Penquis Valley student has special day with Duke’s Coach K

LAGRANGE — Zak Mills probably could have provided any college sports fan all he or she needed to know about the Duke University men’s basketball program long before his excellent adventure with the Blue Devils this month.


Given that Zak is just a 12-year-old seventh-grader at Penquis Valley Middle School in Milo, he’s more likely best versed in the team’s most recent successes — such as its run to the 2015 NCAA Division I national championship.

But while Duke was reveling in March Madness last spring, Zak was undergoing treatments after doctors discovered a cancerous tumor in the radius near his right wrist late last year.

No doubt the Blue Devils’ success helped one of their biggest young supporters cope with the chemotherapy sessions that led up to surgery, but the chance for Zak — now back at school and playing on his middle-school basketball team — to fully savor his team’s good fortunes didn’t come until just this month.

For most fans who adopt Duke or another major-college power as their favorite sports team, it’s a long-distance relationship founded in televised perspectives of the players and coaches.

And while there are some connections between the Duke athletic department and the state of Maine — Blue Devils women’s basketball coach Joanne Palombo-McCallie played high school basketball in Brunswick and coached at the University of Maine, while current Duke athletic director Kevin White once held the same post at UMaine — there was little reason to believe young Zak Mills would find himself face to face with the key personalities of one of the nation’s signature athletic programs.

But from Zak’s medical challenges came a rare opportunity as he and his parents, Andrea and Jason Mills, traveled to the Duke campus in Durham, North Carolina, to watch the Blue Devils play the University of Buffalo — an early Christmas present of sorts arranged by the Make-A-Wish Foundation.

Duke won 82-59, but that was merely one aspect of a memorable weekend that began with a limousine ride to Bangor International Airport and went on to include campus tours and a chance meeting with NBA Hall of Famer David Robinson — whose son is a walk-on with the Duke basketball team — even before game time.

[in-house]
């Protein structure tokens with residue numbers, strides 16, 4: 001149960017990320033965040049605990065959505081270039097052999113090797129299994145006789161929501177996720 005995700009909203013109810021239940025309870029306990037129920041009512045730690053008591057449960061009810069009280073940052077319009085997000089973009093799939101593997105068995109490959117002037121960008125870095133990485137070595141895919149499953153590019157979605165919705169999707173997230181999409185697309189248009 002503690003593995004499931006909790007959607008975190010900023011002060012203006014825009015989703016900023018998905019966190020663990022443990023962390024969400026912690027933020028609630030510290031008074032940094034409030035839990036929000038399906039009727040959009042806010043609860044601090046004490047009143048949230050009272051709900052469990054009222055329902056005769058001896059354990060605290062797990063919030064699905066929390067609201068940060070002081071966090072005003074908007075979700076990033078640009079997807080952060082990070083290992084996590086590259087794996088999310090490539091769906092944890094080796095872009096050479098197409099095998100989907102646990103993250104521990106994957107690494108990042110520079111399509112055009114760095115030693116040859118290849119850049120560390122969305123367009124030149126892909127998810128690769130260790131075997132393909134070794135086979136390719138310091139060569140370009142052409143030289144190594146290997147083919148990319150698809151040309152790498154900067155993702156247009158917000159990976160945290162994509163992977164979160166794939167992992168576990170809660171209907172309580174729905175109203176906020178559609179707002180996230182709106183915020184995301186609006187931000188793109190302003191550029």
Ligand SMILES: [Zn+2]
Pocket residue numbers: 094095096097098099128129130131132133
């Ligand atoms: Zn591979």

Duke’s home court at Cameron Indoor Stadium is one of the more unique venues for a major college basketball program. The venerable facility, which opened in 1940 at a construction cost of $400,000, has a capacity of 9,314 fans — quite modest by today’s major Division I standards.

Every seat was filled that night, with the Mills family situated two rows behind the scorer’s table. Among those sitting nearby was former Duke All-American Nolan Smith, with whom Zak shared a brief chat.

Duke led by 10 at halftime and pulled away to victory behind Zak Mills’ favorite Blue Devil, sophomore guard Greyson Allen, who scored 22 points and grabbed 11 rebounds.

“The game was great,” said Jason Mills. “Great crowd, like a high school gym with everyone packed on top of each other. The atmosphere and crowd were incredible.”

Zak was given an official stat sheet at intermission and with his parents was escorted to the postgame press conference by Debbie Savarino — a Duke representative who turned out to be the daughter of legendary Blue Devils coach Mike Krzyzewski.

That connection was good not only for a front-row seat at the press conference, but a handshake and a few words with Coach K and the opportunity to pose the first question.

Zak thought quickly in front of the gathered media from around the country and asked Krzyzewski if Allen had grabbed a career high in rebounds during the game.

Krzyzewski’s response was that Zak’s query was, “a great question, and why don’t the rest of you ask questions like that?!”

And while Coach K wasn’t immediately sure of the answer, it turned out Zak knew exactly what he was talking about and that Allen indeed had established a career high on the boards that night.

Once the press conference ended, Savarino took the Mills family into the back hallway where Zak met all the players as well as Krzyzewski again, with all of them signing a Duke basketball for him. He also had his picture taken individually with all the players as well as with Coach K, then toured the team’s training room and locker room facilities to cap off a busy night.

Zak and his parents visited the University of North Carolina campus in Chapel Hill the next day and that night went to an NHL game featuring the Carolina Hurricanes in Raleigh, where a referee came over during the contest and presented Zak a game puck.

The Mills family returned to Bangor the next day and were greeted by Make-A-Wish staff person Lisa Fox and employees from Bangor Savings Bank who helped sponsor the trip and were armed with a few more Duke-related gifts for Zak.

A limousine then took the family back home.

Zak Mills is scheduled for his next three-month checkup in January, and while the family undoubtedly would trade the visit to Duke for uninterrupted good health, they are grateful for all the community support they have received since Zak’s initial diagnosis and appreciative for the chance to live out one of their son’s sporting dreams.


“It was the trip of a lifetime,” said Jason Mills.

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Contributed photo


DUKE BLUE DEVILS — Zak Mills, a 12-year-old seventh-grader at Penquis Valley Middle School in Milo, got to meet Duke Blue Devils coach Mike Krzyzewski recently.

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